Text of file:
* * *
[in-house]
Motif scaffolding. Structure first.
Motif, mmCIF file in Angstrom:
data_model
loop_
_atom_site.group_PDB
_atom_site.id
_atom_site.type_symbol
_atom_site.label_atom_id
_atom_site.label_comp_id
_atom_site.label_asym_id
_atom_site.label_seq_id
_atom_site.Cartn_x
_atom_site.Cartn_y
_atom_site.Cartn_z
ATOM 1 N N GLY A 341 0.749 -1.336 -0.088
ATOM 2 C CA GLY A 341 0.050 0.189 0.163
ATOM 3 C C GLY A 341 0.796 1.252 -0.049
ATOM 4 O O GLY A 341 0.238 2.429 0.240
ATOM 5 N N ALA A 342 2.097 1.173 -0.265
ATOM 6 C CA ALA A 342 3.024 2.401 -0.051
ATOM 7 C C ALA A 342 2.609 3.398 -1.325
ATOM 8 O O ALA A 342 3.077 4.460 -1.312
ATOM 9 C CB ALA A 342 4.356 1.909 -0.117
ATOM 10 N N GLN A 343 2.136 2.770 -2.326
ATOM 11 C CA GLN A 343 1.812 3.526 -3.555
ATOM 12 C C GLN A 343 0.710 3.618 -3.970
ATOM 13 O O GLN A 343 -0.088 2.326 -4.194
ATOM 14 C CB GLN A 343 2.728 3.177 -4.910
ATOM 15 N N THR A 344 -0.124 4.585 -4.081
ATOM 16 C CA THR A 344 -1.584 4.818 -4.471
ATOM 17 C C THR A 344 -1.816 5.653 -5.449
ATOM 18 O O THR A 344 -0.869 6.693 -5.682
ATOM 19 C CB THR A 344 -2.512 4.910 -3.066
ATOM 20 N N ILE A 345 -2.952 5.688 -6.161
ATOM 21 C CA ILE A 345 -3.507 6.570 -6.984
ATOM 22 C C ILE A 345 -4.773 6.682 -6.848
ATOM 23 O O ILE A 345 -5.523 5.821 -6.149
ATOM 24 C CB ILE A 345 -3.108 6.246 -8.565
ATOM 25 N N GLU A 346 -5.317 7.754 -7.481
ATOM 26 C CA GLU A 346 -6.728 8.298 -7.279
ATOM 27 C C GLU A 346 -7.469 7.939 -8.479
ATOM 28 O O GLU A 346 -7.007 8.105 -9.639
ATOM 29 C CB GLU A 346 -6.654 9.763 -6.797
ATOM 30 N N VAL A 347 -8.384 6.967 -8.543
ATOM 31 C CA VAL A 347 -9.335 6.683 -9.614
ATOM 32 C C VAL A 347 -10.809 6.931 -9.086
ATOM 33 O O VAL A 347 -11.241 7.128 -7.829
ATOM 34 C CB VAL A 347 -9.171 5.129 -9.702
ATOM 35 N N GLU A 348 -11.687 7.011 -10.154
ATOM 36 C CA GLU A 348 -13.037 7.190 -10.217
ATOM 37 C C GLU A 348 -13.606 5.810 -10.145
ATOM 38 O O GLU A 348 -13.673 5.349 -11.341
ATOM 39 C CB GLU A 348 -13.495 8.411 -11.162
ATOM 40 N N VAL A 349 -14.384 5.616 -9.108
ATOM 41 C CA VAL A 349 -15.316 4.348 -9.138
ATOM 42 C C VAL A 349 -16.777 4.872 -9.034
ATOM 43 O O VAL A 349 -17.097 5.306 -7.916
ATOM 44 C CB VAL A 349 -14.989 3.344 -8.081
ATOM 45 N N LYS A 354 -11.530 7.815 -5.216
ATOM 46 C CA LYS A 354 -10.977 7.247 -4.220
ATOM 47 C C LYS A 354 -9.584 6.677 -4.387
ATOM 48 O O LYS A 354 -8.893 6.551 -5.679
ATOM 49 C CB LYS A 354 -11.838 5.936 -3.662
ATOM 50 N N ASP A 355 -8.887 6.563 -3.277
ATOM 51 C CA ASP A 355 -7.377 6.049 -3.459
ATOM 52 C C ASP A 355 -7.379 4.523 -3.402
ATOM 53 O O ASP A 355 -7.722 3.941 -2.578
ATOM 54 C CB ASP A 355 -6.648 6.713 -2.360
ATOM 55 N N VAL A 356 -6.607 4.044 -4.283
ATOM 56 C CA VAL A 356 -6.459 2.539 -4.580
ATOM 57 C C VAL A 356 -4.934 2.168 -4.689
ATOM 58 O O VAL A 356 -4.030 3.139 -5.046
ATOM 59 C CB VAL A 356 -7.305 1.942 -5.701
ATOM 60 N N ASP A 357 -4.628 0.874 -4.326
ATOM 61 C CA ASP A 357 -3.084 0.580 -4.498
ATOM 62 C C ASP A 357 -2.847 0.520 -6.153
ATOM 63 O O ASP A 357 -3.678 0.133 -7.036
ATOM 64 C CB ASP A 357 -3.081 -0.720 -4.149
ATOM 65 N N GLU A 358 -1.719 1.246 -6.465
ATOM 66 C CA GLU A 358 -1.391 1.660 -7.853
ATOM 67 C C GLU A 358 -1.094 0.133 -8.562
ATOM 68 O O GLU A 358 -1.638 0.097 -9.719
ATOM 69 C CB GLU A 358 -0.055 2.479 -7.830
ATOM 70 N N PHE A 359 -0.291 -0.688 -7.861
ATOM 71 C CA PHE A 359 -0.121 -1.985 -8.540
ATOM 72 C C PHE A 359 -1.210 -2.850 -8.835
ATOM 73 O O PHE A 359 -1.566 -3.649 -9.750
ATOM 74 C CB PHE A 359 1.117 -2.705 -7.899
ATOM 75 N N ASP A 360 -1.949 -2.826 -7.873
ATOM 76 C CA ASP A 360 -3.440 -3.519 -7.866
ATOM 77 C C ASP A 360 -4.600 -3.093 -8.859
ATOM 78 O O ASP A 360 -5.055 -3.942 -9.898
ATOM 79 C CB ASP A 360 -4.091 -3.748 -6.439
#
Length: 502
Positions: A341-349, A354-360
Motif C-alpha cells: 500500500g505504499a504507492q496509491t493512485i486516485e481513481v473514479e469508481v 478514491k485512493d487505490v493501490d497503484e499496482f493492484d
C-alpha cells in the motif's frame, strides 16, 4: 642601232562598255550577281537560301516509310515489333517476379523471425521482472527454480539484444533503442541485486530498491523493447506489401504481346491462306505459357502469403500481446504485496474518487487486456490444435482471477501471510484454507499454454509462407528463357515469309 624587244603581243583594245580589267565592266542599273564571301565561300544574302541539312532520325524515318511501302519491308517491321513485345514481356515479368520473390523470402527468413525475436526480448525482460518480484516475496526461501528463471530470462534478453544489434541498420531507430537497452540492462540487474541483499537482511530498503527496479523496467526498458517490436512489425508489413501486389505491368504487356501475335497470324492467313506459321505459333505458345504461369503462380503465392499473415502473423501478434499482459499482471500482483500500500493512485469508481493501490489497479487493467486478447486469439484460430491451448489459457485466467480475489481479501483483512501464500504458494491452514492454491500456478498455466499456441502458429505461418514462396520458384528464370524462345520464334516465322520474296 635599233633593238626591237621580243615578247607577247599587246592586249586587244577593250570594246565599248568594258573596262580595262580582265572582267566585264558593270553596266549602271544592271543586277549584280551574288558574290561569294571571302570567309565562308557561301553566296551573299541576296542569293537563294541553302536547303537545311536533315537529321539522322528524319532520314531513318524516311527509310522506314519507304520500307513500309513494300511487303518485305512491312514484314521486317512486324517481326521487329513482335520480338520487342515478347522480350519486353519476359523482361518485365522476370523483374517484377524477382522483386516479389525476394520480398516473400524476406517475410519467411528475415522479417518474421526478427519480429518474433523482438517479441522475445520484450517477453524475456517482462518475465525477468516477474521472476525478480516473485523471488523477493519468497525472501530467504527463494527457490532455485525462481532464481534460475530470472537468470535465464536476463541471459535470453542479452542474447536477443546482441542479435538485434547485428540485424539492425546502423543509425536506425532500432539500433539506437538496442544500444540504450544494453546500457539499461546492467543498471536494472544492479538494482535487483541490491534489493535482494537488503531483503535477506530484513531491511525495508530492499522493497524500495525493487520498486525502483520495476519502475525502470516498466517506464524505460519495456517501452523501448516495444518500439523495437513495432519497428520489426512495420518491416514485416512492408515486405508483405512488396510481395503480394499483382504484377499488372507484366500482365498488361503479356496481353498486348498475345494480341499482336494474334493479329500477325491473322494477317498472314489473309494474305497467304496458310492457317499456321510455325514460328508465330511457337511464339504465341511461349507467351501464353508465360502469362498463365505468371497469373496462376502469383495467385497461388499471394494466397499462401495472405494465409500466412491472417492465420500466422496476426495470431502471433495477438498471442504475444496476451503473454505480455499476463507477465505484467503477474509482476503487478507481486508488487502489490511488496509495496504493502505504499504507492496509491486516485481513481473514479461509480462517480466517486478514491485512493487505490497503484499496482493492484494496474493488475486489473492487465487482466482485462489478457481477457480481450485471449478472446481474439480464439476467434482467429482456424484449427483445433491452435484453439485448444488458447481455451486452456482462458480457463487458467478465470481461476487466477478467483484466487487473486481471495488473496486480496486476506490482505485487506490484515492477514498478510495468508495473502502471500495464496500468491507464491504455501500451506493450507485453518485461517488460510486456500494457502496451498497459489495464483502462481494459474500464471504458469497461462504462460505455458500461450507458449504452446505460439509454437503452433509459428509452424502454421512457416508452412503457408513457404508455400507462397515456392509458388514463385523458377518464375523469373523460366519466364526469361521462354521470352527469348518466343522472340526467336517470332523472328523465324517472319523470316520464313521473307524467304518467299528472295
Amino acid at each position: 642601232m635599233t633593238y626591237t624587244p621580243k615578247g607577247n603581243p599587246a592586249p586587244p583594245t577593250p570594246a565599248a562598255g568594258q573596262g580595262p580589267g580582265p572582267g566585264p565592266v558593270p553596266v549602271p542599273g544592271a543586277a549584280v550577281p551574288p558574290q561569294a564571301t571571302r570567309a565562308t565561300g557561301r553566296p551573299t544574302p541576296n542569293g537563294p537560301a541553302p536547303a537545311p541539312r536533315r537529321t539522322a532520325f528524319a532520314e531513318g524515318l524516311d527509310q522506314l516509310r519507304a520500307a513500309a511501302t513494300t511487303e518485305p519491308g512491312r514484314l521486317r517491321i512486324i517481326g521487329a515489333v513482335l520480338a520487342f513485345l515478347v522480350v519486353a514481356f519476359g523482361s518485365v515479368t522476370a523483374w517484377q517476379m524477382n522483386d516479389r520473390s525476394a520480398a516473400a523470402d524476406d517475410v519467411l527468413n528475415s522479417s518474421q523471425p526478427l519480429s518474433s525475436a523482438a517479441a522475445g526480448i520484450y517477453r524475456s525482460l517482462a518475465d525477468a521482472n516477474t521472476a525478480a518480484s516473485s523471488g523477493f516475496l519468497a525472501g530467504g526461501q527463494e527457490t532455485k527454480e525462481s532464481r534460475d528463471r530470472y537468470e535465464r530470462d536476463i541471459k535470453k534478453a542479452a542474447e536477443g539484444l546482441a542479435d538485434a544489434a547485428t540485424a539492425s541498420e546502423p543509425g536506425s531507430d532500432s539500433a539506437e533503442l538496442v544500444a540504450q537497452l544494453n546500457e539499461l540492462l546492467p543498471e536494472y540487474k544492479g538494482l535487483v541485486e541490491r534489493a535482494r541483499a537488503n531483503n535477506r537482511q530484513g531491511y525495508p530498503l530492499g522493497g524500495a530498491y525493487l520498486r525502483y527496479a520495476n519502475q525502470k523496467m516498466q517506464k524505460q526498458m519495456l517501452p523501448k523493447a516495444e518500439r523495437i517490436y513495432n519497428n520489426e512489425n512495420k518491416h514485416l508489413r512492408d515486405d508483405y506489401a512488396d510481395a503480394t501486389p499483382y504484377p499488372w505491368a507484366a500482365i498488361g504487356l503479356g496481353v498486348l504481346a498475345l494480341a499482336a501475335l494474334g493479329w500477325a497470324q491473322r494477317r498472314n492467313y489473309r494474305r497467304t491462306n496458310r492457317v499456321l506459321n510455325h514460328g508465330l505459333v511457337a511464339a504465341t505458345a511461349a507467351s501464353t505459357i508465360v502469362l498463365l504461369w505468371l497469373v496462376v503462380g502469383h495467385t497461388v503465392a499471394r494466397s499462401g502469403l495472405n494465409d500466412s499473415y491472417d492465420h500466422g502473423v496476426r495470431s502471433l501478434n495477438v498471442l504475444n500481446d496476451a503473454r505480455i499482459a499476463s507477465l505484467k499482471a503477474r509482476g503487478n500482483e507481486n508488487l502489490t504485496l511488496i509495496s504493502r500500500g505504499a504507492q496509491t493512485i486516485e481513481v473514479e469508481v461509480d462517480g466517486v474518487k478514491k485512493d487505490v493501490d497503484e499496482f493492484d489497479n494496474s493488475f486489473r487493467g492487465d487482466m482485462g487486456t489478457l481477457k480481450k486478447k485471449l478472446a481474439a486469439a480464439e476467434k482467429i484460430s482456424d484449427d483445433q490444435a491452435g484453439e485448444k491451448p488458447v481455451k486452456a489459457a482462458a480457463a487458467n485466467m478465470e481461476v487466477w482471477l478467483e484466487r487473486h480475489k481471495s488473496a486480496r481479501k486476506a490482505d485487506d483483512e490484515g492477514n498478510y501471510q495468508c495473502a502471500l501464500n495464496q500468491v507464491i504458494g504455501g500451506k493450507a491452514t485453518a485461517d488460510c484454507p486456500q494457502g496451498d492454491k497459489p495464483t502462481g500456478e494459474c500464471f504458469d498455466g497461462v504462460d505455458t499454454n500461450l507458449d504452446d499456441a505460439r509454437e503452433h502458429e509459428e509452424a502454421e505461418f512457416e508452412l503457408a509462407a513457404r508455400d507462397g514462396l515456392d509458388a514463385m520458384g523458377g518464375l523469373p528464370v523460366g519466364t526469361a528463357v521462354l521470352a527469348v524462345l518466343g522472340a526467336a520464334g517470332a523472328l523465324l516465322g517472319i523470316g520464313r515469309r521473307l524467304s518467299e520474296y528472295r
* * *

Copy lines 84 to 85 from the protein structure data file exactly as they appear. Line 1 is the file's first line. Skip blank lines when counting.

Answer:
ATOM 69 C CB GLU A 358 -0.055 2.479 -7.830
ATOM 70 N N PHE A 359 -0.291 -0.688 -7.861